One artifact of the past is worth a visit: Xanadu, the mansion built by the Du Pont family in the 1920s. Now a restaurant and bar called Las Américas, it reflects an utterly different conception of how to live on a beach: the walls are thick, the windows small, the decor heavy and ornate. It's hard to visualize the house's inhabitants in bathing suits. But the dining room is opulent and grand (though the food is undistinguished), and the wine cellar, original to the house, offers the island's best selections. The top-floor bar offers long views, tasty cocktails and a dance band. It's the closest you can get to the decadent luxury of the days prior to the revolution.
New hotels continue to be erected on Varadero. If the latest ventures prove successful, the island's services, activities and restaurants will surely progress as well. Whether they can justify their steadily increasing prices in the face of competition from the rest of the Caribbean remains to be seen. But whether economic indicators rise or fall, Varadero can always count on clear water, balmy breezes and the lazy caress of the tropical sun.
Thomas Matthews is a senior editor of Wine Spectator, Cigar Aficionado's sister publication.
Outside of Cuba, telephone numbers need the 53-5 prefix.
Playa de las Américas
Carretera de las Morlas
Phone: 66 70 13
Fax: 66 70 12
Built in 1991, Meliá Varadero is the first five-star hotel on the resort island and certainly the best. With nearly 500 rooms, it was constructed to handle large groups, but it also caters to high-end independent travelers.
The rooms are clean, bright and comfortable, with tile floors, wicker furniture and contemporary marble bathrooms. All rooms have balconies; many have stunning ocean views. Swimming pools are set amid lush tropical plantings; the public beach is large and clean. Rates for double rooms run from $125 for a standard to $195 for a suite in the low season, rising to $155 and $225 in the high season. Groups can sometimes negotiate significant savings.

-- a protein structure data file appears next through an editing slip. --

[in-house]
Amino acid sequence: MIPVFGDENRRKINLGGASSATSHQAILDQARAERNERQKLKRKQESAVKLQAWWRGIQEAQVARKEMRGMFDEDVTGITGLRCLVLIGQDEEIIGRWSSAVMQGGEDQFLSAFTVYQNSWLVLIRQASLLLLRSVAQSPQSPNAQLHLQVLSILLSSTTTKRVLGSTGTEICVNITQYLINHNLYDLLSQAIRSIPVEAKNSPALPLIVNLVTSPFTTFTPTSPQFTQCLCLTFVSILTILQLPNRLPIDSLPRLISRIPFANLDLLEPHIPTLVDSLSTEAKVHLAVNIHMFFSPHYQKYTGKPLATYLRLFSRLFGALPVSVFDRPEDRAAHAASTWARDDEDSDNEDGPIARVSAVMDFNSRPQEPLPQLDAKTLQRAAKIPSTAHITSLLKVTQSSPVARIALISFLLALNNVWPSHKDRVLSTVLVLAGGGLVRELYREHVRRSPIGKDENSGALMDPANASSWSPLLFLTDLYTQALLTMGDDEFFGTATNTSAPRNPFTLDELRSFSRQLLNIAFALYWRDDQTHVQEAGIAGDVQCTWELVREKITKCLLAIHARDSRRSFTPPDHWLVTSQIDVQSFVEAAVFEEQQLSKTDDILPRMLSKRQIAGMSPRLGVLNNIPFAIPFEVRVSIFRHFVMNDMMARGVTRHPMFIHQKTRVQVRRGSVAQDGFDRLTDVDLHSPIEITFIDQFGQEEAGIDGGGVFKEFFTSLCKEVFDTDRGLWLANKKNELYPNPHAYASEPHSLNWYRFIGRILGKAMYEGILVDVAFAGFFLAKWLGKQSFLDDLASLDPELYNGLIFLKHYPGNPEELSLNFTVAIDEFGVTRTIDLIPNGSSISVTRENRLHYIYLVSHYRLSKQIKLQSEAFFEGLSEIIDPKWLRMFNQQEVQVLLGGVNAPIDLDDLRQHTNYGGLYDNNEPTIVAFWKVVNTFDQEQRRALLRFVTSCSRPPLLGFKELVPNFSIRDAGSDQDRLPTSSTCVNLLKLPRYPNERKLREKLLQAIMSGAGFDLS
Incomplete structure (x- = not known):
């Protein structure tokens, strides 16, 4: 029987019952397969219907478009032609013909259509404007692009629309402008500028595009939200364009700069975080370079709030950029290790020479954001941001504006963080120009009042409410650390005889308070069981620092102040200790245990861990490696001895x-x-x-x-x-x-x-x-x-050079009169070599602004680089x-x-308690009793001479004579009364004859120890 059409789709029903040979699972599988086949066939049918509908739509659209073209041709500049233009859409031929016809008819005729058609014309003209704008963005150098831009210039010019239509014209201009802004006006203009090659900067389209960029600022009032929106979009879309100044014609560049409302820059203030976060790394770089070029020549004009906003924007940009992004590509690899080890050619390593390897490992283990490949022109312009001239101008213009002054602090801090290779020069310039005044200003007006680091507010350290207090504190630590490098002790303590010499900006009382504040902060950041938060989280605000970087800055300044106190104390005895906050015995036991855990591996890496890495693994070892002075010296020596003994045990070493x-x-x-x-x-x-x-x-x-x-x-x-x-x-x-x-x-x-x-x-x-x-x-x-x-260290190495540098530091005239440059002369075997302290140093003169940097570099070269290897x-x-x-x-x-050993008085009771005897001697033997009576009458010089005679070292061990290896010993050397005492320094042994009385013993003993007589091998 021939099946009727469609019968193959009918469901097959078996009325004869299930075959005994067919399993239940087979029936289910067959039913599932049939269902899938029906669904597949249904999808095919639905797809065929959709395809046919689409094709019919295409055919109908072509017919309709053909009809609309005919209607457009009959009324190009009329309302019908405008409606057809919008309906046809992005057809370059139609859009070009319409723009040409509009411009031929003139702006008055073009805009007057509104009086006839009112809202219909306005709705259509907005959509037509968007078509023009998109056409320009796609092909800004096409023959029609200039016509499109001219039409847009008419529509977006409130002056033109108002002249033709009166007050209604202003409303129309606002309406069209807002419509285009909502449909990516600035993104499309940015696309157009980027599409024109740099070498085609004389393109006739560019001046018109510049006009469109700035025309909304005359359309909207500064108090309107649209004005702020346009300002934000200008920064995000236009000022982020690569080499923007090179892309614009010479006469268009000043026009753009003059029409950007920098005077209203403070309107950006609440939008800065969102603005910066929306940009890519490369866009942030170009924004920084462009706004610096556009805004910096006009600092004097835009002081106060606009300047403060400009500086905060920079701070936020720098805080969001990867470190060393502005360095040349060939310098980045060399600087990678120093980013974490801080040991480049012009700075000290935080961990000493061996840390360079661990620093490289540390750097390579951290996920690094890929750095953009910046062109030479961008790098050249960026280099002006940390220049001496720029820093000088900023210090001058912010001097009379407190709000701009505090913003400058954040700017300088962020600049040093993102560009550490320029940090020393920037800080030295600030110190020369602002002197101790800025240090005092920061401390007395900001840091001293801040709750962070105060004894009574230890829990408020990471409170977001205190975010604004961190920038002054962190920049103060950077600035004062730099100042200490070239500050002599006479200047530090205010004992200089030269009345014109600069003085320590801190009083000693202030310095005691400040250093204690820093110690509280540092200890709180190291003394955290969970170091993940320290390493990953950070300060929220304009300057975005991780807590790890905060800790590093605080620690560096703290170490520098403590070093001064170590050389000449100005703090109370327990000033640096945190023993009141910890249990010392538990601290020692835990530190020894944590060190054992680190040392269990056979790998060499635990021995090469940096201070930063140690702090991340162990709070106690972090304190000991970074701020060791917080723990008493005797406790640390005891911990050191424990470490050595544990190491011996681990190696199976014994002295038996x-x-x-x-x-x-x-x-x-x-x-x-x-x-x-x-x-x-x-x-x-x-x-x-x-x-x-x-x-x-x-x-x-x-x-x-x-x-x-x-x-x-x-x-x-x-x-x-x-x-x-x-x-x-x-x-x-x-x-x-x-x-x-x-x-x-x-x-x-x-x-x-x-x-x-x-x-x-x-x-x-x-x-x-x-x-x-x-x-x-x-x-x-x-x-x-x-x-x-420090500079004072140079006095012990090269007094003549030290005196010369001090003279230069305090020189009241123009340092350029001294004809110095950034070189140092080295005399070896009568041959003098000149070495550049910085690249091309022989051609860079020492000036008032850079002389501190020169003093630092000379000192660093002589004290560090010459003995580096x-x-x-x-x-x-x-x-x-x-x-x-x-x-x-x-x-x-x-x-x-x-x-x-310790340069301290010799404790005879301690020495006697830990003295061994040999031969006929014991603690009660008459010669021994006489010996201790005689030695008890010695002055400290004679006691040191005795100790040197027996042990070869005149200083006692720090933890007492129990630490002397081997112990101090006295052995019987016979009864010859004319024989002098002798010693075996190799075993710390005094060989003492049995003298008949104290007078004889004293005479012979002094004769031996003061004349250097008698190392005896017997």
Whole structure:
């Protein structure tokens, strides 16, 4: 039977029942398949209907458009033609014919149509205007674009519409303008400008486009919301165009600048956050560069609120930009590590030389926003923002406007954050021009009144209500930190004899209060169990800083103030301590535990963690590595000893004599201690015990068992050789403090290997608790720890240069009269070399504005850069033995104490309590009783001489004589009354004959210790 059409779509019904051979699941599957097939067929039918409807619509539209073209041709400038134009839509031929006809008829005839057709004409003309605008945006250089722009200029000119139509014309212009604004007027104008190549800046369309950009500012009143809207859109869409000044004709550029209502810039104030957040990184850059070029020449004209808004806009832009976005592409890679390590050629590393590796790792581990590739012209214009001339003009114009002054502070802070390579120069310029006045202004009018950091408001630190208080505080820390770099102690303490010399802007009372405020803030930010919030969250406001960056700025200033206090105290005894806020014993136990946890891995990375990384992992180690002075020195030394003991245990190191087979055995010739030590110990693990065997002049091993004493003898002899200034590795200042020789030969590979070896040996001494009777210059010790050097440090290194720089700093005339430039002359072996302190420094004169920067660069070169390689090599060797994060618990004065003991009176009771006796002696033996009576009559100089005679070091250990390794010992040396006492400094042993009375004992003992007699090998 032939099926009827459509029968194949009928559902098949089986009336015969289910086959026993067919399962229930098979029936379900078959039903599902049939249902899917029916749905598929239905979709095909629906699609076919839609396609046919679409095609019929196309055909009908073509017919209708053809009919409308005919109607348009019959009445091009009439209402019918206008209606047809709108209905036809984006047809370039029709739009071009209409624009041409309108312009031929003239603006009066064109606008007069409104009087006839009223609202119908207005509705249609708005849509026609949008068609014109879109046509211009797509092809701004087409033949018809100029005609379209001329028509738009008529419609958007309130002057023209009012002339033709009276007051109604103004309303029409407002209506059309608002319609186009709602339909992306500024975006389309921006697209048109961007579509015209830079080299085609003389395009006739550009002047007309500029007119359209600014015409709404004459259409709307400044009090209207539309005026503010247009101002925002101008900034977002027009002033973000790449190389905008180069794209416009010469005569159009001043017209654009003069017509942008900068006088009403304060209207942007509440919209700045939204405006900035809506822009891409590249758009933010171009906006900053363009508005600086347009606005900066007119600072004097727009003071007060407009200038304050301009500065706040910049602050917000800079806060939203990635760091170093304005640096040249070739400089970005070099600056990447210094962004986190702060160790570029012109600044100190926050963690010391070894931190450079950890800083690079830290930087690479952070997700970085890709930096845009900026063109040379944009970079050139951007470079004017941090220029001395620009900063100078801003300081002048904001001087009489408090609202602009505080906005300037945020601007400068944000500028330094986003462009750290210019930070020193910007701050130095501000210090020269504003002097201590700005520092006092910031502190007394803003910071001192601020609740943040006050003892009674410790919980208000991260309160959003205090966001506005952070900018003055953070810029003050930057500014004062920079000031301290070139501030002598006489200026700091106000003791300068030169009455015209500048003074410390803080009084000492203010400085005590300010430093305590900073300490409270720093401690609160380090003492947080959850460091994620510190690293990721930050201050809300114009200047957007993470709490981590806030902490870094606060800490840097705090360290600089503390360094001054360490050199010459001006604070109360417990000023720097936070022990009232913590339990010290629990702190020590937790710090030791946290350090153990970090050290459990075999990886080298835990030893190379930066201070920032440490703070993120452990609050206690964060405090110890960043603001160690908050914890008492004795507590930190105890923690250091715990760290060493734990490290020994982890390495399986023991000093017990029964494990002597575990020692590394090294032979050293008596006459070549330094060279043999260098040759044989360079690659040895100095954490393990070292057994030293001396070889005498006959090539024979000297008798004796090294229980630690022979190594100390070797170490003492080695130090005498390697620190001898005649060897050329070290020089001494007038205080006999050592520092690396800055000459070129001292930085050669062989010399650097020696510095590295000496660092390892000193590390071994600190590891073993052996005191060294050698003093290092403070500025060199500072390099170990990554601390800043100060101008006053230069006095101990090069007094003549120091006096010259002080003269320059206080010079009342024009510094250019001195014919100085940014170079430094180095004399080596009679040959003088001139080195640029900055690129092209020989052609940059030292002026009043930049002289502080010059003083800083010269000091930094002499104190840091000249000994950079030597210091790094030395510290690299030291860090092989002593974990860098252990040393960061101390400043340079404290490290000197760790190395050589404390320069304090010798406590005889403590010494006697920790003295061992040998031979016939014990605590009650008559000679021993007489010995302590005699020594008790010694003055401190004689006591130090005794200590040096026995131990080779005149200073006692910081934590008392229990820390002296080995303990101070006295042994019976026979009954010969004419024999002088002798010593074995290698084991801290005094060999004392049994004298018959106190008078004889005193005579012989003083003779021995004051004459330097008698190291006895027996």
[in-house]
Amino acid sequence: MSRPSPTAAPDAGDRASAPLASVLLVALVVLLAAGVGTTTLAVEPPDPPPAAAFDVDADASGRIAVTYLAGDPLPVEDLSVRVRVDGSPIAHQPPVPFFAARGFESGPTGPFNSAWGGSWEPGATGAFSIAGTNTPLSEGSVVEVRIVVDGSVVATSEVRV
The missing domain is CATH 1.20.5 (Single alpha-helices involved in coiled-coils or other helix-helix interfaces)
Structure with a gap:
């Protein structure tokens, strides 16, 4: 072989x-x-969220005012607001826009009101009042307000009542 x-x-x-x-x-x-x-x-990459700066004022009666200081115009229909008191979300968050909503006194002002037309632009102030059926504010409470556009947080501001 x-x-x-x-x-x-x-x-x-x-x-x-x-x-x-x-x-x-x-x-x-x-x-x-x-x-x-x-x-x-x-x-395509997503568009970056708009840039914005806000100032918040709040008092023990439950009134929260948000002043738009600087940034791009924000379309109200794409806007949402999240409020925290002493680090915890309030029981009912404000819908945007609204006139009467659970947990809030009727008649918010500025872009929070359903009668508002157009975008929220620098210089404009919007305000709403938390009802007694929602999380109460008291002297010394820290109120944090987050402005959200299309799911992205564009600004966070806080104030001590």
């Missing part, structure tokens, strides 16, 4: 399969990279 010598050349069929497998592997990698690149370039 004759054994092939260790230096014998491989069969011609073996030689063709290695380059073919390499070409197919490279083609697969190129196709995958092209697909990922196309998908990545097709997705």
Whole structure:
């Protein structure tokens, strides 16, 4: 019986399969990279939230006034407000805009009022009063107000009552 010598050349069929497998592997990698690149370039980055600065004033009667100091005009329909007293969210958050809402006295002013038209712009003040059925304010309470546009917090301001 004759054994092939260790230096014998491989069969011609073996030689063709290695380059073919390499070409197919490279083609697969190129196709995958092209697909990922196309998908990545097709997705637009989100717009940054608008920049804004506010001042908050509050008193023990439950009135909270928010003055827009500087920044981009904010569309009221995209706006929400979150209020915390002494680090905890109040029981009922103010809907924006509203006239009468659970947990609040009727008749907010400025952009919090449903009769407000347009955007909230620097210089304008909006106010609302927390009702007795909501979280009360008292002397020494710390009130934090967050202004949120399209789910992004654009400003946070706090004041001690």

Meliá Las Américas
Playa de las Américas
Phone: 66 76 00
Fax: 66 76 25
Though built in 1994 as an upscale alternative to the Meliá Varadero, the Meliá Las Américas doesn't justify its higher prices.
Las Américas basically replicates the decor and services of Varadero. The rooms are slightly larger and most have balconies. One significant draw is the hotel's proximity to the island's only golf course, Xanadu (once part of the Du Pont property; greens fees are $45 for hotel guests, $60 for others). Four interlocking swimming pools are surrounded by plush landscaping. Las Américas also offers bungalows, detached structures that are closer to the beach; they are small, however, and the decor is uninspired. Room rates range from $120 to $175 for a standard double in the low season, rising to $290 and $320 in the high season, with the larger bungalows as much as $355.
Carretera Las Americas Km 3
Phone: 66 70 30
Fax: 66 70 05
This all-inclusive 270-room property, which opened in 1992, is part of the Super Club chain, which runs resorts in Jamaica and elsewhere in the Caribbean. The base price includes room, food, beverages (including alcoholic drinks), sports equipment, activities and most other incidentals, excluding only Champagne, telephone charges, massages and laundry service.
The resort is modeled after a village, with low-rise buildings sheltered by palm trees. The suites are small and simple, and most are only steps from the beach. Meal options include a cozy Italian restaurant and a huge, hangar-like buffet. There's even a grill on the beach where hot dogs and hamburgers sizzle. Club Varadero doesn't offer the luxury or service of the Meliá hotels, but its food is no worse and it fits more snugly into the landscape. Rates range from $125 to $185 a person a day, depending on the season and the size of the suite.